Candidate Barack Obama’s campaign has bragged that running mate Senator Joe Biden is a down-to-earth family man who commutes by Amtrak train from Wilmington to Washington.
The Democratic Delaware Senator has been commuting by Amtrak for decades. He has long preferred train travel over driving 109 miles to work, unwittingly also choosing what is universally acknowledged to be the mode of travel with the smallest amount of carbon dioxide emissions.
Biden’s train commute is not a big story in most media. It has not become a beacon of green behavior or a campaign issue, perhaps because it’s so expensive. But these days, even with falling gas prices at the pump, increasing numbers of commuters are flocking to trains, subways, commuter rails, and trolleys. They are choosing public transportation, it seems, because it saves them money and time. Public transportation watchers say they see the beginning of a revolution.
Even a commute like Biden’s, on Amtrak, is starting to stand up well to the cost of driving. Consider this: The most affordable of the Amtrak train lines available to him costs $42 one way on the Northeast Regional – $84 round-trip. Surprisingly, at today’s gas prices, it isn’t that costly anymore. This year the federally established a standard per-mile business deduction for those using their automobiles for work trips at 50.5 cents per mile, a rate designed to take into account fuel and car maintenance. It’s an instructive way to calculate the odds even though deductible business travel doesn’t include commuting to and from the standard work place.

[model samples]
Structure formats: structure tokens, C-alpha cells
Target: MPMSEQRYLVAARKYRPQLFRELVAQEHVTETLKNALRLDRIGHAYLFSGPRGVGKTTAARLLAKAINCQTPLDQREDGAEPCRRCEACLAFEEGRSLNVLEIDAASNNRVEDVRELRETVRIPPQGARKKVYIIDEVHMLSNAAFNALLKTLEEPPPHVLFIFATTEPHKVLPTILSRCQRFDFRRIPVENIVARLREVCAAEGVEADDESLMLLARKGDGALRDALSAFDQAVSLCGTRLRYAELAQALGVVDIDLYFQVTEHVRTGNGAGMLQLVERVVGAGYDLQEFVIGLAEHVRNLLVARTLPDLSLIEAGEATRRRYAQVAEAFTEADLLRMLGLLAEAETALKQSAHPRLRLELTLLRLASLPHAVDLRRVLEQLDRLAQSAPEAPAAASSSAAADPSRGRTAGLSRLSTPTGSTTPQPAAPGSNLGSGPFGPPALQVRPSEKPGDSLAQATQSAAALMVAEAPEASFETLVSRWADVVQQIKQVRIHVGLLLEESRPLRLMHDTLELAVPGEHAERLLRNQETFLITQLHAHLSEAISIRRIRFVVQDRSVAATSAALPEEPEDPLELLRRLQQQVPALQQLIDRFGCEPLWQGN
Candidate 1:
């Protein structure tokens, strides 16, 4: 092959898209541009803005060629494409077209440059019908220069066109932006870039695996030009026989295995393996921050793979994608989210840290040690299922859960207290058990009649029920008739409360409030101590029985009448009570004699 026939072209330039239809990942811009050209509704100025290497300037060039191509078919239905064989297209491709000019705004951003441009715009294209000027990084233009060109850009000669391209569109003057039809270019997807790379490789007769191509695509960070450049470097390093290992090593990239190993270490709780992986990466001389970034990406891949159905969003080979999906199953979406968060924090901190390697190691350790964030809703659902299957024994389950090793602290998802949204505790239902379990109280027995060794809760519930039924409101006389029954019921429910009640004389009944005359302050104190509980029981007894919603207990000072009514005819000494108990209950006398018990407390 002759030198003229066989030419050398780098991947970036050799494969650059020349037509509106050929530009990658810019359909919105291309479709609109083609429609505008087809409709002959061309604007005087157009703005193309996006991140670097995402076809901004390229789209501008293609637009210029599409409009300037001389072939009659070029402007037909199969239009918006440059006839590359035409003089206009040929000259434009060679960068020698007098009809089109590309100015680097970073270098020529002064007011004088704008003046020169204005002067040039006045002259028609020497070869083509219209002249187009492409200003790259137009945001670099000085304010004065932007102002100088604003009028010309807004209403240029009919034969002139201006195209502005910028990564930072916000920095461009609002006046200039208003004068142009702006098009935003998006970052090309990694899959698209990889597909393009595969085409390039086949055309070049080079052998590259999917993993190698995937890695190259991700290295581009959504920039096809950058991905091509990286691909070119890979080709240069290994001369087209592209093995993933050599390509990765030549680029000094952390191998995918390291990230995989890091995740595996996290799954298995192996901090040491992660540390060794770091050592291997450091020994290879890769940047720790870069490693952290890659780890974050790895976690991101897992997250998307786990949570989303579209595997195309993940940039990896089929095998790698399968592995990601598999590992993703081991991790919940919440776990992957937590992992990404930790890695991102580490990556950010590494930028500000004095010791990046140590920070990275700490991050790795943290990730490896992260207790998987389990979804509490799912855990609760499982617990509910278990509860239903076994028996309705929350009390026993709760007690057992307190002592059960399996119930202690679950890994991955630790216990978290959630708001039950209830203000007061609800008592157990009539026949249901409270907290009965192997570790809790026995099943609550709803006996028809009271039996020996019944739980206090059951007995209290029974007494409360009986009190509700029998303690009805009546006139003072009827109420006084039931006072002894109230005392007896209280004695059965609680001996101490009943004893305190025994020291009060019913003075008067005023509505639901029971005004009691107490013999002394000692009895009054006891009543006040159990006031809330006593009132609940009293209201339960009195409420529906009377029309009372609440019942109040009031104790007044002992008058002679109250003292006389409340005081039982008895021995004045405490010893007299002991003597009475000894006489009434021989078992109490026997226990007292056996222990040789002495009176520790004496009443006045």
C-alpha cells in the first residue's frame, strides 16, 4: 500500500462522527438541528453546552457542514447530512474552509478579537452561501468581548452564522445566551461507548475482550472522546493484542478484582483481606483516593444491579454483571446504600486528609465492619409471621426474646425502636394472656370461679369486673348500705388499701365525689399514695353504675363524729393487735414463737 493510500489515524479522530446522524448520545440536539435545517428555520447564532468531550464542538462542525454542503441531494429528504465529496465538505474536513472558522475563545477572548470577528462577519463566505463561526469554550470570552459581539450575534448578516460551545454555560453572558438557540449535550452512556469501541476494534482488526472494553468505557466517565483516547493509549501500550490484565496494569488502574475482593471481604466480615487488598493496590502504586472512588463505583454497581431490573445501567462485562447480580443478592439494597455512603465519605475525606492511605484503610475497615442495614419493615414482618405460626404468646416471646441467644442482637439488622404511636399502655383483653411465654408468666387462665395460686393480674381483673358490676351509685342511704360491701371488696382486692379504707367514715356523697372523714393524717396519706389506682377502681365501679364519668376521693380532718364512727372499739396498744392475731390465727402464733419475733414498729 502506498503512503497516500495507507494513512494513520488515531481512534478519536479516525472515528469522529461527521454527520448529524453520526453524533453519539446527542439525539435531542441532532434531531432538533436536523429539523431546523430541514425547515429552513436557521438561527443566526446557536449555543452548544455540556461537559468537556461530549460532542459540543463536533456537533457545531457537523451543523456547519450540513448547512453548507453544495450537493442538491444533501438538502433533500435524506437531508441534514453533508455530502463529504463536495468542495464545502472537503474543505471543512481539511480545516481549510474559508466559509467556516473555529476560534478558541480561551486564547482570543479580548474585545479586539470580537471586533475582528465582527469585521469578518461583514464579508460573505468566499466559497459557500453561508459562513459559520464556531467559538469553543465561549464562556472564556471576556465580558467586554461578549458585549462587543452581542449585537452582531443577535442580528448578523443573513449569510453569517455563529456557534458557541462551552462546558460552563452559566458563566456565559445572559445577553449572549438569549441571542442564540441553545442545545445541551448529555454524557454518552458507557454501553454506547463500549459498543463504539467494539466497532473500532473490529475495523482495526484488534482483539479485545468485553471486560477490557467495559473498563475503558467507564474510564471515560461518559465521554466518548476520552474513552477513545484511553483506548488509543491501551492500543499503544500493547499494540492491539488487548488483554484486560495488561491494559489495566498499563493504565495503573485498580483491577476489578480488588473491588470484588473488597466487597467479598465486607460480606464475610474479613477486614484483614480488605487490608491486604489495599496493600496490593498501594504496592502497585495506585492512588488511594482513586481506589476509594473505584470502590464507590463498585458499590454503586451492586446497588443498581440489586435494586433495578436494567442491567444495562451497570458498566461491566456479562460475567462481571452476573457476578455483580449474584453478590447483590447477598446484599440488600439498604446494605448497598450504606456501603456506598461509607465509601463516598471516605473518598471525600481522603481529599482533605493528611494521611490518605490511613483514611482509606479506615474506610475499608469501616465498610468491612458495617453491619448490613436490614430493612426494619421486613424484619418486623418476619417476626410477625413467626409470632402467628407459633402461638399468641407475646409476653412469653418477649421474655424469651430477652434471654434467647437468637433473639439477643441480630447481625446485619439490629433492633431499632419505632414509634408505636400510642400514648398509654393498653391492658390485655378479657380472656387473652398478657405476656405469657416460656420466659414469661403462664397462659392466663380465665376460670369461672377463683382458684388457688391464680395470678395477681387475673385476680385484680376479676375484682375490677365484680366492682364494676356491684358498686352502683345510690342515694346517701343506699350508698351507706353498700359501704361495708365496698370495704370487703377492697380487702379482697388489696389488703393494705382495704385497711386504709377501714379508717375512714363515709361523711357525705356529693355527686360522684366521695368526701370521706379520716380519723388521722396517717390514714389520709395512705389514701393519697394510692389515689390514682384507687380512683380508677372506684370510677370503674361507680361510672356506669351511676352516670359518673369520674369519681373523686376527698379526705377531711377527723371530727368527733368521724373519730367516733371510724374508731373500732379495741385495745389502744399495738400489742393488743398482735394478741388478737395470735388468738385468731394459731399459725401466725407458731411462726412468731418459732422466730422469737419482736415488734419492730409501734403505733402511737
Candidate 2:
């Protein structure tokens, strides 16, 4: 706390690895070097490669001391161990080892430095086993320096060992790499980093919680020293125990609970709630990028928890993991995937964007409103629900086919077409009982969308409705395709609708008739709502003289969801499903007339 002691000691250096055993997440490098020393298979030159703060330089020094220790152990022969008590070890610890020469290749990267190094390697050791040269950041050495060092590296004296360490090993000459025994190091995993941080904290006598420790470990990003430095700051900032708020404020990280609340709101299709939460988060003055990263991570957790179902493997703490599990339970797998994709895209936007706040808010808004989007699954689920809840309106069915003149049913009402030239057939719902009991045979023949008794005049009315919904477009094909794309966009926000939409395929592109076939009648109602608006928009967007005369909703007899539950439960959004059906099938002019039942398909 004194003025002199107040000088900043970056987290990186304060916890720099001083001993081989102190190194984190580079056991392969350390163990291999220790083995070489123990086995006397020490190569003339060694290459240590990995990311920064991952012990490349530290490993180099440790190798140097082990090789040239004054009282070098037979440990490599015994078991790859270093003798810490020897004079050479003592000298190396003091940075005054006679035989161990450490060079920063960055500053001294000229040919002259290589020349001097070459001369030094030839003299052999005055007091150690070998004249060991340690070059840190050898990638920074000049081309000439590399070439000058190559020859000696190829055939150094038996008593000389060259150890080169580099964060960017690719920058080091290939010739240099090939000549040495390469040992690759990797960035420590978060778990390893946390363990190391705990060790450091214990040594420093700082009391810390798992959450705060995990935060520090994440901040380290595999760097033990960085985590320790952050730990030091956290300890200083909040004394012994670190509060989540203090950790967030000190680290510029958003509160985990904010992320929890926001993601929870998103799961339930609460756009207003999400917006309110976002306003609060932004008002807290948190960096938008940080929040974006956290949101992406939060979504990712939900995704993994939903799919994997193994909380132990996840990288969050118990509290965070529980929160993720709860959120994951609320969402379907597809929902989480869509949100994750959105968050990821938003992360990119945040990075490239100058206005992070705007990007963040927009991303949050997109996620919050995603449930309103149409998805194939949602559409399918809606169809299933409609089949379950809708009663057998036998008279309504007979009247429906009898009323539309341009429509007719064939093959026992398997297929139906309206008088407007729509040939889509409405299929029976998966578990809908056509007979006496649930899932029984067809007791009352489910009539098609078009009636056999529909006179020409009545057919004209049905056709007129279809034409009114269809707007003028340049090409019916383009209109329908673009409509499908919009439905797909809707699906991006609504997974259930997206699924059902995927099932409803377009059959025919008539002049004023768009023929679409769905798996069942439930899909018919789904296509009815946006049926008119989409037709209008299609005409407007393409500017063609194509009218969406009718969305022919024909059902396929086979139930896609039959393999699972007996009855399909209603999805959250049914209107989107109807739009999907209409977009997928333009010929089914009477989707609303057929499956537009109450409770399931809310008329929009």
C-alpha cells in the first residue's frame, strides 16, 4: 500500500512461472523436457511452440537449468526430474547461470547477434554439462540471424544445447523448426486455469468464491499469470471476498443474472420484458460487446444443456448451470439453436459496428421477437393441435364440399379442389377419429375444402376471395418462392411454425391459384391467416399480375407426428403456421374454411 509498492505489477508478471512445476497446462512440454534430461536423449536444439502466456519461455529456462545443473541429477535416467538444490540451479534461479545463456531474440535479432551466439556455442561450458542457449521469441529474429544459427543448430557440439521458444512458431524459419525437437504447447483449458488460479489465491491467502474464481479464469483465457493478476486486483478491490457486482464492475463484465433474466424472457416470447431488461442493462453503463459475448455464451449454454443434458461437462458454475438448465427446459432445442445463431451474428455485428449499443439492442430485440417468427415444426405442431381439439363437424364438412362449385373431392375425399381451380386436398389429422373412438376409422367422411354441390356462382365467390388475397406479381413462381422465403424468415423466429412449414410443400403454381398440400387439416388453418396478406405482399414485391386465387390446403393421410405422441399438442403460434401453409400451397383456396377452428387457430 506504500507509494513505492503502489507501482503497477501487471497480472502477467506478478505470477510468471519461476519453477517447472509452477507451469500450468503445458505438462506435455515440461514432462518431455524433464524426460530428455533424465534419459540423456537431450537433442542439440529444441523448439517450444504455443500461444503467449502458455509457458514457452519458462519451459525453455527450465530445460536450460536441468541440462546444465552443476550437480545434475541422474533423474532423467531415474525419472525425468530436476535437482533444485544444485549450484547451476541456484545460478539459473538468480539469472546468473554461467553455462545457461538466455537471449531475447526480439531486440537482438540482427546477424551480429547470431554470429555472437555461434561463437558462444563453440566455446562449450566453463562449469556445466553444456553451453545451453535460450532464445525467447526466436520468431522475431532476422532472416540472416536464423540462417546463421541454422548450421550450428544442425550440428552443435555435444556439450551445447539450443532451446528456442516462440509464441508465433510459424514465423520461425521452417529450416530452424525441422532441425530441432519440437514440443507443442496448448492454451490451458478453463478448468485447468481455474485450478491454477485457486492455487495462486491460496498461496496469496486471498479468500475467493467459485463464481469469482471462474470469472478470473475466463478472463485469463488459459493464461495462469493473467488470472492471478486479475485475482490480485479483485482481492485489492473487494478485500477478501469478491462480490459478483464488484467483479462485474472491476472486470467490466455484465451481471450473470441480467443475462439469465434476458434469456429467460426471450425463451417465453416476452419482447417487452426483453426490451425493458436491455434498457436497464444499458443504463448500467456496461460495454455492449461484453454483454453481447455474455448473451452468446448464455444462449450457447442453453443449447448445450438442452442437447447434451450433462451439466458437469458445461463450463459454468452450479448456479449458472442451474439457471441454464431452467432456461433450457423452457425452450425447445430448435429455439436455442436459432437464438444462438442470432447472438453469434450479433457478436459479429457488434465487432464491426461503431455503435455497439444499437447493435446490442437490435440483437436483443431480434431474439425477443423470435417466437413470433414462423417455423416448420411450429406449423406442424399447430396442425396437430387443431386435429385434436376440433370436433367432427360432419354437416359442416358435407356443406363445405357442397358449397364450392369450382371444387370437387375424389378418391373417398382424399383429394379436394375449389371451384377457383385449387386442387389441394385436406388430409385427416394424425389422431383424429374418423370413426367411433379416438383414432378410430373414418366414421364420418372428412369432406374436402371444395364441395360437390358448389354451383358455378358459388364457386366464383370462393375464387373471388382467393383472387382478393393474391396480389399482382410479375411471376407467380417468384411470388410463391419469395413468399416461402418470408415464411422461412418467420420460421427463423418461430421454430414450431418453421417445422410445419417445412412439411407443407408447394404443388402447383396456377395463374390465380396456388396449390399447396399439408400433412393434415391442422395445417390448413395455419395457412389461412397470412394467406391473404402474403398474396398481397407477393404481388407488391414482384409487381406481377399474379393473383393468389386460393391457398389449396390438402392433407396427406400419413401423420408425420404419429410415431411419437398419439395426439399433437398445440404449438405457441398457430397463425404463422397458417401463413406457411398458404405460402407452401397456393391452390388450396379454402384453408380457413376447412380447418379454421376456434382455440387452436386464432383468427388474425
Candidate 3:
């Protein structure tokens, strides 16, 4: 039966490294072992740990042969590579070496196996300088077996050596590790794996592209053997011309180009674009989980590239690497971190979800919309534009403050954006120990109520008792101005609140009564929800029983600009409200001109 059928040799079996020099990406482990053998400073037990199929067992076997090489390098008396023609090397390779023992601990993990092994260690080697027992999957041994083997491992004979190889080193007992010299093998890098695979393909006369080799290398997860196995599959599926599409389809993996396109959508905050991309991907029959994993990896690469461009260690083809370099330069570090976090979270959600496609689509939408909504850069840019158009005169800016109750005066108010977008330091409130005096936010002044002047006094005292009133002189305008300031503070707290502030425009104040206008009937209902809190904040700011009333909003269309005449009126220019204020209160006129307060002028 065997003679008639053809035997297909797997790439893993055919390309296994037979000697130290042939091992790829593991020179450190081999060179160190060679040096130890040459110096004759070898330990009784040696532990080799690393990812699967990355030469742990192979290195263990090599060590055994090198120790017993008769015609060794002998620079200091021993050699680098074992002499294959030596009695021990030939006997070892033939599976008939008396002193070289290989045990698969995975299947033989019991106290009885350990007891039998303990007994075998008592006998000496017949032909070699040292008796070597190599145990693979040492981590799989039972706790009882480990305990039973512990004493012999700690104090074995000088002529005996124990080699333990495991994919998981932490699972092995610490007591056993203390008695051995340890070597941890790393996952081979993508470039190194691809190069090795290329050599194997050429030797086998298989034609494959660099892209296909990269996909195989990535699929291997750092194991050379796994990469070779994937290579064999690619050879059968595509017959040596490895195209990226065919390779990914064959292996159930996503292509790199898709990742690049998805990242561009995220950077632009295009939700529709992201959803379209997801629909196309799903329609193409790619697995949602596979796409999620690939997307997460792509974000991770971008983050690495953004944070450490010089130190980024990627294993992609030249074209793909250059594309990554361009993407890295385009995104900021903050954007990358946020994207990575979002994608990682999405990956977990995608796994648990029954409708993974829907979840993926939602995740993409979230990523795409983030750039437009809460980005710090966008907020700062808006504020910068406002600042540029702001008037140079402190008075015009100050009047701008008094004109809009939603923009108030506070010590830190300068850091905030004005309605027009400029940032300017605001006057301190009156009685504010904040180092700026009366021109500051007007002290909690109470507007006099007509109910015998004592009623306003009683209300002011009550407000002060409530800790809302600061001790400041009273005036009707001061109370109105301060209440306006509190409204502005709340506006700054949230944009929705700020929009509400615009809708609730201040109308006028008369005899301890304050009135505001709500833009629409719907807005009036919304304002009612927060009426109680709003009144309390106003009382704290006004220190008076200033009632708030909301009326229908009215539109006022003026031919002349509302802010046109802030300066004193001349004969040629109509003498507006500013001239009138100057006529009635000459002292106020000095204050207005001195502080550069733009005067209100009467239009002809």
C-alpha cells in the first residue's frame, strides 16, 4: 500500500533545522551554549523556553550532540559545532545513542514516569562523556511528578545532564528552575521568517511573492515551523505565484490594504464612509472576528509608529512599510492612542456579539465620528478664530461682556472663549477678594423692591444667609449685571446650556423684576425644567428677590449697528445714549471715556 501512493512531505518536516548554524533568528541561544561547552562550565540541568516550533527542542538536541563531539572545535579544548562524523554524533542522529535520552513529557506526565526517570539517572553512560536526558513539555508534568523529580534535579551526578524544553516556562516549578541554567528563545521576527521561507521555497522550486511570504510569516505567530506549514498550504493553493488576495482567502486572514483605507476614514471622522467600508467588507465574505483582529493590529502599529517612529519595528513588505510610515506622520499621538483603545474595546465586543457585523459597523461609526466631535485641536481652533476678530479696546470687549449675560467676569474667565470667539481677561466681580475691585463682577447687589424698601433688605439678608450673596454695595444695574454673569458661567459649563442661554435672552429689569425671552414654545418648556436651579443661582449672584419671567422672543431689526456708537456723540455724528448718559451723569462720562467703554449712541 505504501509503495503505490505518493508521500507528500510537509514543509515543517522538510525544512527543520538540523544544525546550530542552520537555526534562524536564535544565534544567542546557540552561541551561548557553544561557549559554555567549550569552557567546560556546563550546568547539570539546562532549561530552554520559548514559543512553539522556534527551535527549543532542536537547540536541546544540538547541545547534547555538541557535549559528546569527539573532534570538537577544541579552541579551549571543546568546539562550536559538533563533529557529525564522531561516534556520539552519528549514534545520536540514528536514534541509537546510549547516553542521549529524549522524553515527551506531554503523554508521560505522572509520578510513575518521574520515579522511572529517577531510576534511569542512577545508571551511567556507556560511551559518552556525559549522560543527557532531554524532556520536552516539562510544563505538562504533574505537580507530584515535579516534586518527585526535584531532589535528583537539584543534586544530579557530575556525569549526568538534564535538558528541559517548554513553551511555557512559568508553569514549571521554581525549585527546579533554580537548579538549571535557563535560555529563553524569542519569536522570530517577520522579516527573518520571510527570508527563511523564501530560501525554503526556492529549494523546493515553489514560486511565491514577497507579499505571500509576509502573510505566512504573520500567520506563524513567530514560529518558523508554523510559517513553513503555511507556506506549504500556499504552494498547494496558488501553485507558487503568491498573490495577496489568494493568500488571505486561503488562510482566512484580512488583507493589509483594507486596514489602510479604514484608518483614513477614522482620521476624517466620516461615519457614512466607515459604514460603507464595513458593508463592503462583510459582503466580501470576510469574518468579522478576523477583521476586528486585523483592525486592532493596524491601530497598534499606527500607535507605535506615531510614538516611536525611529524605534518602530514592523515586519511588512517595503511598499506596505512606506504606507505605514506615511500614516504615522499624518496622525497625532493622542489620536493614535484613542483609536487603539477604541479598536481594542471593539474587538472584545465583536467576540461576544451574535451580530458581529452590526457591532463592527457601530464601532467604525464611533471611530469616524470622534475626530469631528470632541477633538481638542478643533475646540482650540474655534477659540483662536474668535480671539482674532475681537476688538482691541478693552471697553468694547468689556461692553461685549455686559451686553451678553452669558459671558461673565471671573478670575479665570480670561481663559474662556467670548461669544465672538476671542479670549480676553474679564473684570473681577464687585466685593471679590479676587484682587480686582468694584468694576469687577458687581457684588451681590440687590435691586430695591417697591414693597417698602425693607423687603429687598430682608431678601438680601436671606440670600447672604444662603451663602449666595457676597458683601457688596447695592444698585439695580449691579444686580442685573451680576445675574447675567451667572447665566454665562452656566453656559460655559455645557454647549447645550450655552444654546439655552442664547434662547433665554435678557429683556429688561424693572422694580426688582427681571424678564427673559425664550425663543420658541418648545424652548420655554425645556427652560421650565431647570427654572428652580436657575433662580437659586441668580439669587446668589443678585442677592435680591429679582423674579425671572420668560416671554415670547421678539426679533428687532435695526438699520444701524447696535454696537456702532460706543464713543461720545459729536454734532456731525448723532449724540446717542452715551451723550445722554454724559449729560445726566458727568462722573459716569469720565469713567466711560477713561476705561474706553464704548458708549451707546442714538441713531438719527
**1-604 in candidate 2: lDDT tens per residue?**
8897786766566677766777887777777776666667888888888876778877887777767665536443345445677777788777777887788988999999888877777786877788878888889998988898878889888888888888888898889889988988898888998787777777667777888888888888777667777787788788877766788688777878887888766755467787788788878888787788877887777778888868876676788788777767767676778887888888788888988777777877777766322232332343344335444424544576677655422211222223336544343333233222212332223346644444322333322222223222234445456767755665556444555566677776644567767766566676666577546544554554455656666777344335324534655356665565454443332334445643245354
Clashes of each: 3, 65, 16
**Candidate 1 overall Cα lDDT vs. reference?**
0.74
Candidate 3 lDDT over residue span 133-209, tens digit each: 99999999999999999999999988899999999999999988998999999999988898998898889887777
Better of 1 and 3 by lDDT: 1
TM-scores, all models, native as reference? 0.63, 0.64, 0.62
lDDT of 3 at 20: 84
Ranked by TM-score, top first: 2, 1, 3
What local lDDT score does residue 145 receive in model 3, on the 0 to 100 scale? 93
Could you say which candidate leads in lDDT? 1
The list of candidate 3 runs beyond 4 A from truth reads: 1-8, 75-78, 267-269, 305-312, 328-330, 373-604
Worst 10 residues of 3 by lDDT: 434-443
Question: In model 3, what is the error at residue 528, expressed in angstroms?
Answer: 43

But let’s say for a minute that it did: the same one-way trip by car is worth $55, using the federal rate. In gas alone, at the prices now common in Wilmington and generally higher in the Washington, D.C., metropolitan area, the drive costs about $13 one-way. Add in another $11 for one-way highway tolls via the most likely route, Interstate 95.
Of course, Biden is known to take the Acela, Amtrak’s cushy business-travel train, which costs $143 one-way. It’s been reported that he receives a discount available to federal employees that isn’t publicized. Still, his weekdays low-carbon choice is a luxury, something most Americans couldn’t consider.
Or could they? Guess what? Biden is a good example of a trend, one that doesn’t always link itself to cost alone.
Railway, Subways, Trolleys Flourishing
Across America, ridership is exploding on commuter rail services, subways, and trolleys. For Amtrak and most other public transportation systems around the United States, ridership has been gaining steadily for three years, since the first gas spike of the summer of 2005. It has not slowed down yet, even as gas prices have eased in the past few months.
“There is a sea change going on out there,” said Virginia Miller, a spokeswoman for the American Public Transportation Association, a trade group in Washington, “as Americans who don’t have to are parking their cars and taking buses and trains in record numbers. This has been going on for a little over three years.”
Amtrak reports the same record-breaking increases in commuter travel. Karina Romero, an Amtrak spokeswoman, said, “We haven’t seen a significant drop in 10 years. It has been growing a little each year, but not at the same levels as this year. This year is unprecedented.”